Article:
WhatsApp Gets Fined Record-High $267M In Ireland Over Privacy Breaches

On Thursday, it was revealed that messaging platform WhatsApp had been fined a whopping €225 million (US$267,337,400) by an Irish data protection regulator due to the platform’s privacy breaches.

Operating as an EU privacy watchdog, the Data Protection Commission (DPC) shared that the inquiry was made into whether WhatsApp conformed to EU data transparency rules in 2018, otherwise known as the GDPR.

This covered information “about the processing of information between WhatsApp and other Facebook companies,” the regulator states in its press announcement.

The European Data Protection Board stepped in at the end of July. This came after the Irish agency received criticism for allegedly delaying its decision in cases involving tech giants and letting them off with lighter fines than what was deserved.

After a “clear instruction” was issued by the board, the DPC was prompted to “reassess and increase” the proposed fine, which led to the final amount of €225 million.

It’s the highest fine issued by Ireland related to GDPR privacy regulations, and the EU’s second-highest.

Apart from paying up, the texting platform will also need to “bring its processing into compliance by taking a range of specified remedial actions.”

“We disagree with the decision today regarding the transparency we provided to people in 2018 and the penalties are entirely disproportionate,” a spokesperson for WhatsApp is reported to have said in a statement to Reuters.

It’s stated that the company is filing for an appeal, but it appears to be watched very closely by regulatory firms and it’s doubtful that a lesser fine will be granted.

The Irish regulator DPC, according to Reuters, had 14 major inquiries into Facebook, including WhatsApp and Instagram, open at the end of last year.

Source: DesignTAXI

Chris Hansen On How Scared He Was When First Filming ‘To Catch a Predator’

In this clip, Chris Hansen recalls the first episode of “To Catch a Predator,” and he admits that his nerves were high, as he states, “My heart was in my throat.” Hansen then revealed that everything was set up for the first two episodes- security, transcripts, actors, but there was no police involvement in the show. During the first show, things went as planned with the first two men he confronted, but the third attempt was a little shaky, as Chris grabbed the wrong transcript. Chris added that the third man was also the most aggressive and potentially dangerous. To hear more, including the police getting involved in the third episode, hit the above clip.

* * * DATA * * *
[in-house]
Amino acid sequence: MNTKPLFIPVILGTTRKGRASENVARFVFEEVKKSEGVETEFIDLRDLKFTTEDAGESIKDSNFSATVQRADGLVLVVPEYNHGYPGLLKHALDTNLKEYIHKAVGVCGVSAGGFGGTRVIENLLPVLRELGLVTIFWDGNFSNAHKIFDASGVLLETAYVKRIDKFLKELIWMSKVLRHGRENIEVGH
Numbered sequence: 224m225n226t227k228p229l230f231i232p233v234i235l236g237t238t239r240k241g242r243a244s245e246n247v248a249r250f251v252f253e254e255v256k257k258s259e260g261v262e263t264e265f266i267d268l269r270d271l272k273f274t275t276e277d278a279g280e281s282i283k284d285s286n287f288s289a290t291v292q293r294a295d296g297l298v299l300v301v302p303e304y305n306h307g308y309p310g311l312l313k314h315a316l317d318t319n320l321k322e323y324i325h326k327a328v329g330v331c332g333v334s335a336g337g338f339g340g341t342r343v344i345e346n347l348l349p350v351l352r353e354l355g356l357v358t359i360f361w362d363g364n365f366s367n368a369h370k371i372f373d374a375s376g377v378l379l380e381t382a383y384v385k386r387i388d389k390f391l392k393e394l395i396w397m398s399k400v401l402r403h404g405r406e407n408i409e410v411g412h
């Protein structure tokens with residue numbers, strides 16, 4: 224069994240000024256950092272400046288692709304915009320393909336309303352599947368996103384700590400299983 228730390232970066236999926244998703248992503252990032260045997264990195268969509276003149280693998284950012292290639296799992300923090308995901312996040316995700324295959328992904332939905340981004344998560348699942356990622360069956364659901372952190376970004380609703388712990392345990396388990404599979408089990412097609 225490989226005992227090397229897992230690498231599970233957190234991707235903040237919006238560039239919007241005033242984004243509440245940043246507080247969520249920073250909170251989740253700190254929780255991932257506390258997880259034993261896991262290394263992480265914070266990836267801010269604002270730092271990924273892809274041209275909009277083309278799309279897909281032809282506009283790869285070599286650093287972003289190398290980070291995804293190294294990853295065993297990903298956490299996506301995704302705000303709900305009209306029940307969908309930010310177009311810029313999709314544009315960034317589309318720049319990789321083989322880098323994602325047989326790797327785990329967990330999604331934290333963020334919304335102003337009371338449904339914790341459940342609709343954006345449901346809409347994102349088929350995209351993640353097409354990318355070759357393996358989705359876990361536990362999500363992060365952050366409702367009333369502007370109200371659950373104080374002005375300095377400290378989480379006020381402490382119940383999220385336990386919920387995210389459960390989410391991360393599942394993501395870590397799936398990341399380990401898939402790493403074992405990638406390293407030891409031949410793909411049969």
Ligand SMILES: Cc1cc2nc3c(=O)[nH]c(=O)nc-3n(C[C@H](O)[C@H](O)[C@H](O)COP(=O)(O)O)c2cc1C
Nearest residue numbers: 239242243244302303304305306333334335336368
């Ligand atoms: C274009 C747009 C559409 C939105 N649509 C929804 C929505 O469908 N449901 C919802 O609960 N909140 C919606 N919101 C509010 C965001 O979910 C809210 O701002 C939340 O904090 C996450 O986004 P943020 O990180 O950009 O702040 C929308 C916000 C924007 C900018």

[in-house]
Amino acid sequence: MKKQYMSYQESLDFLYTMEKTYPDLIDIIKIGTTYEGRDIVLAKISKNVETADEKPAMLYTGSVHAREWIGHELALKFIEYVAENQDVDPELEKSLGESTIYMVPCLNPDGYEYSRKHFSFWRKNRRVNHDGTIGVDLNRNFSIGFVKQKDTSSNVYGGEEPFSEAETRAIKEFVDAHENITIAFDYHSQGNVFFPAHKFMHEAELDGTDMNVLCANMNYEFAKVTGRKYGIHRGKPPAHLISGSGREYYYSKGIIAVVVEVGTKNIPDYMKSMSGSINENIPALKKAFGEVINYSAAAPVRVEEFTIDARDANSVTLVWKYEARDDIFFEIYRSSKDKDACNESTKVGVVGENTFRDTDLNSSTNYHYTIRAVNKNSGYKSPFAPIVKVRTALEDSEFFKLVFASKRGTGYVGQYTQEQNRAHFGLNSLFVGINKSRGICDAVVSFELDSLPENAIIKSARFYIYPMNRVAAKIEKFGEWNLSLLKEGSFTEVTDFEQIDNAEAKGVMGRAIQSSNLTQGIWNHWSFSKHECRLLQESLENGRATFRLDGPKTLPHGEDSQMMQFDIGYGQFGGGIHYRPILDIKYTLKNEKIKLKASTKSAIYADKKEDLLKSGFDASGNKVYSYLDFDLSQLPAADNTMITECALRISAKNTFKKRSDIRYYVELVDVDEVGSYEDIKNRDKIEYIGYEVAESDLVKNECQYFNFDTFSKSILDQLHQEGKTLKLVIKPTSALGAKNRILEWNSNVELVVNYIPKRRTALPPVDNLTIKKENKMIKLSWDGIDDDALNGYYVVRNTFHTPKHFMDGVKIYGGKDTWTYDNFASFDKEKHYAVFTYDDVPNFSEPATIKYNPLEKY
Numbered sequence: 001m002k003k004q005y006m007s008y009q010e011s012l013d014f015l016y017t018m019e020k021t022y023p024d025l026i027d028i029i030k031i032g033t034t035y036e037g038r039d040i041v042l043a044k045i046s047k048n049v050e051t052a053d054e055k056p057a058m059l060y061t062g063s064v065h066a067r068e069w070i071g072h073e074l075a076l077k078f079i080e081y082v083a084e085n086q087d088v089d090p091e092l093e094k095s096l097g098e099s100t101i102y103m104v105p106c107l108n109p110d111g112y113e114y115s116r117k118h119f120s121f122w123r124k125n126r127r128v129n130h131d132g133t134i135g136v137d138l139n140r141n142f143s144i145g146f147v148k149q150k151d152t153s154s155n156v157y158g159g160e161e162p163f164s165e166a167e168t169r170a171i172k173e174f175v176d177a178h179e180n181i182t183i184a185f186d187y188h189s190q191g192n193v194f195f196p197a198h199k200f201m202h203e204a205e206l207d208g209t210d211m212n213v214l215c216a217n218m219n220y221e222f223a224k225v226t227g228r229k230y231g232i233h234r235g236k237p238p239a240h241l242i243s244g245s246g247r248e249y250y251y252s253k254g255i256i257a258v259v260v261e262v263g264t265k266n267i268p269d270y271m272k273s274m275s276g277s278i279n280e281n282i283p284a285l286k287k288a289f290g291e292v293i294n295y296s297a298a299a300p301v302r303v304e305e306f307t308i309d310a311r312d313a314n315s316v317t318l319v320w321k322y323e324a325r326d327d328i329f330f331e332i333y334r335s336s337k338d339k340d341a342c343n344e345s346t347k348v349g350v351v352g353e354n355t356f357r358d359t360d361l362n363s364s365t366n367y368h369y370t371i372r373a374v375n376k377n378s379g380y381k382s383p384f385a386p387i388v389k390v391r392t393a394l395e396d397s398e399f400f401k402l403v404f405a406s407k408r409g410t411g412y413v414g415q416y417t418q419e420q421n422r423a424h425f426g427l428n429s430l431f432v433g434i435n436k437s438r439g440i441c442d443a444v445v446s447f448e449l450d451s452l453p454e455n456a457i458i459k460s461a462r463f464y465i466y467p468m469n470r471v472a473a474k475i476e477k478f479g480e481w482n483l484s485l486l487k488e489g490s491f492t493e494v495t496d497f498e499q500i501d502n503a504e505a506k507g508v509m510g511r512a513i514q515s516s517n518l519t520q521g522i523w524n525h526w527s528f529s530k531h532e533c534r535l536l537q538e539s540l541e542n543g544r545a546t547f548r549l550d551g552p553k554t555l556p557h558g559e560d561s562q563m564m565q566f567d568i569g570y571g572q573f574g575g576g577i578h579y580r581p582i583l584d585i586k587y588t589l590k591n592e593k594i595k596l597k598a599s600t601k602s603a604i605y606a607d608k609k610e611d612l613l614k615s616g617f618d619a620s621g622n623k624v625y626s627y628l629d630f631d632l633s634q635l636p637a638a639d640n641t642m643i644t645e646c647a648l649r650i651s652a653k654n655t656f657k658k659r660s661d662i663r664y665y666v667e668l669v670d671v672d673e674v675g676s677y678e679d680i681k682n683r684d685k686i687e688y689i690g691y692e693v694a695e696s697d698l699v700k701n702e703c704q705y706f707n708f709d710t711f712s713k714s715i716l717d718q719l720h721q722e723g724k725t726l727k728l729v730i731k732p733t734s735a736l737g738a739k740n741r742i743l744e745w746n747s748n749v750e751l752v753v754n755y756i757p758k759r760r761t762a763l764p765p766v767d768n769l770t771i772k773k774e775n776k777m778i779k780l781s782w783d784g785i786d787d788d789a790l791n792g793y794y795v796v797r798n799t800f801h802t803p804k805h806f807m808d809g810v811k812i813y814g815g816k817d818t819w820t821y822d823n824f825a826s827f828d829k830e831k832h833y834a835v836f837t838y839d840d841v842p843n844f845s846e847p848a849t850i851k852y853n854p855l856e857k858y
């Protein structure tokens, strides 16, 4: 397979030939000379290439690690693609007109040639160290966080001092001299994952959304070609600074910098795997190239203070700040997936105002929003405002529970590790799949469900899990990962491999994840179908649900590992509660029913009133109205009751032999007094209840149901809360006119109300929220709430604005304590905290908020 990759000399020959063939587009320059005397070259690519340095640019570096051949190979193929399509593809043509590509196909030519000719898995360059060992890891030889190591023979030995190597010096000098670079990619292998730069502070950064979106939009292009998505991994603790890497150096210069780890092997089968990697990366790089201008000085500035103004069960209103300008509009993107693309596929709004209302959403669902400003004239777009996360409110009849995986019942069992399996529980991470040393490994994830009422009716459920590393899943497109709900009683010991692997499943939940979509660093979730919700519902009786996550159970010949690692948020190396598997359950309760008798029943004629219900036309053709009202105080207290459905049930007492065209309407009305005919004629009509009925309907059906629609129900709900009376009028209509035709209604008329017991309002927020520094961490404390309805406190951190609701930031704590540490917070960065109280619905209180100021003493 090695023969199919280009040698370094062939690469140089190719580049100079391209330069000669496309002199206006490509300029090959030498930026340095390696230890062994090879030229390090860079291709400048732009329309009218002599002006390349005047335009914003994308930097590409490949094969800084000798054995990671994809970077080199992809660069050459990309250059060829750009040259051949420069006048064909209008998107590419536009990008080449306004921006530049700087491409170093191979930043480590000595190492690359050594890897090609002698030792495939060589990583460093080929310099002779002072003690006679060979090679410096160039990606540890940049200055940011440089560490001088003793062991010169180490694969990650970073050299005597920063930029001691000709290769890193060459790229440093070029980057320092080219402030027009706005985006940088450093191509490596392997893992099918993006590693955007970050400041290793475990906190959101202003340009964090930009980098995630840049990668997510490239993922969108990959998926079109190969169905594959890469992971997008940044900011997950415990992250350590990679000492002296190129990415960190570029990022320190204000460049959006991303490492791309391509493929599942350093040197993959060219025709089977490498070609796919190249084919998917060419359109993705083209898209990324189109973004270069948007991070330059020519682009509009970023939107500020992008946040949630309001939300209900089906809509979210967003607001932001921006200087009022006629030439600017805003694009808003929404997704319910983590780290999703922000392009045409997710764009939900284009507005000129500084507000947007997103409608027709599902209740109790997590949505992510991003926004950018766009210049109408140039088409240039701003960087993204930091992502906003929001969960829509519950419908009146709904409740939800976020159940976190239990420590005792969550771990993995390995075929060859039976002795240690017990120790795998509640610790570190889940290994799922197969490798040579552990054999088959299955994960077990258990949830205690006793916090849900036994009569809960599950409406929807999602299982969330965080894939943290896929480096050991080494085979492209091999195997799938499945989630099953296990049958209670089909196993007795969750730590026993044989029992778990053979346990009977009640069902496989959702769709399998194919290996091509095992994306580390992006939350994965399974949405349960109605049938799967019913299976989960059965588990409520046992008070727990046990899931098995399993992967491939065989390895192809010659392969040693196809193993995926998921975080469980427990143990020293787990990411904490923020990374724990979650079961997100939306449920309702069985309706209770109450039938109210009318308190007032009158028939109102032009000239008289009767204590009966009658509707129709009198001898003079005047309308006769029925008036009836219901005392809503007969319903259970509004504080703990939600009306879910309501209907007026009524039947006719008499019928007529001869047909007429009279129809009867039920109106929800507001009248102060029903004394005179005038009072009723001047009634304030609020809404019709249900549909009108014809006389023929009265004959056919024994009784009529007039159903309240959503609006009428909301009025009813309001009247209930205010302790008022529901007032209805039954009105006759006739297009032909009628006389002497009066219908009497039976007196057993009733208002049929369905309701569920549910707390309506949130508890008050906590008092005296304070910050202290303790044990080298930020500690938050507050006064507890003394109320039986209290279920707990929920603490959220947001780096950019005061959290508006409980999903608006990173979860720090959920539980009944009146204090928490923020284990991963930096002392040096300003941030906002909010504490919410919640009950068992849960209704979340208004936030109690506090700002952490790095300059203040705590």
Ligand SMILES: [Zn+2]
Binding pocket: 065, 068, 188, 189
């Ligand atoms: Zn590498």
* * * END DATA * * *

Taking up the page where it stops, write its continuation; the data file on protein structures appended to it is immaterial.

Apple Tweaks Mask-Wearing Emoji To Look Friendlier In The COVID-19 Era

Yep, the ‘Face with Medical Mask’ emoji has become an unlikely symbol of everyday life for 2020, meaning it’s no longer relevant just for those working in clinical settings – and now it’s had an upgrade.

Following its newfound fame, Apple has recently updated the face so that it looks a little more cheerful, to show that wearing a mask is no bad thing.

The new version of the emoji comes with Apple’s new mobile operating system, iOS 14.2, which is currently in beta stage and expected to release in late October or early November 2020.

Before, the emoji had exasperated downturned eyes, and looked a bit sorry for itself. But after its makeover, the face not only has cheerful blushing cheeks, but its happy eyes imply there’s even a smile going on under that covering.

Source: LADbible

Snapchat apologizes for Juneteenth filter that prompted users to ‘smile’ to break chains

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Snapchat is apologizing for a controversial Juneteenth filter that allowed users to “smile and break the chains,” saying the filter had not gone through its usual review protocols. The filter was panned by critics on Friday morning shortly after its release for its tone deafness, and was disabled by about 11AM ET.

“We deeply apologize to the members of the Snapchat community who found this Lens offensive,” a Snap spokesperson said in an email to The Verge. “A diverse group of Snap team members were involved in developing the concept, but a version of the Lens that went live for Snapchatters this morning had not been approved through our review process. We are investigating why this mistake occurred so that we can avoid it in the future.”

It isn’t the first time a Snapchat filter has gone badly awry. In 2017, it honored International Women’s Day by offering filters of famous women like Frida Kahlo, Rosa Parks, and Marie Curie, but added smoky eye makeup and a face “thinning” effect to the Curie filter. It had two misfires with filters in 2016: it released a Bob Marley filter in honor of 4/20 that put users’ selfies in what many users felt amounted to digital blackface, and later that year made an anime-inspired filter that created “yellowface” caricatures of Asians.

Source: The Verge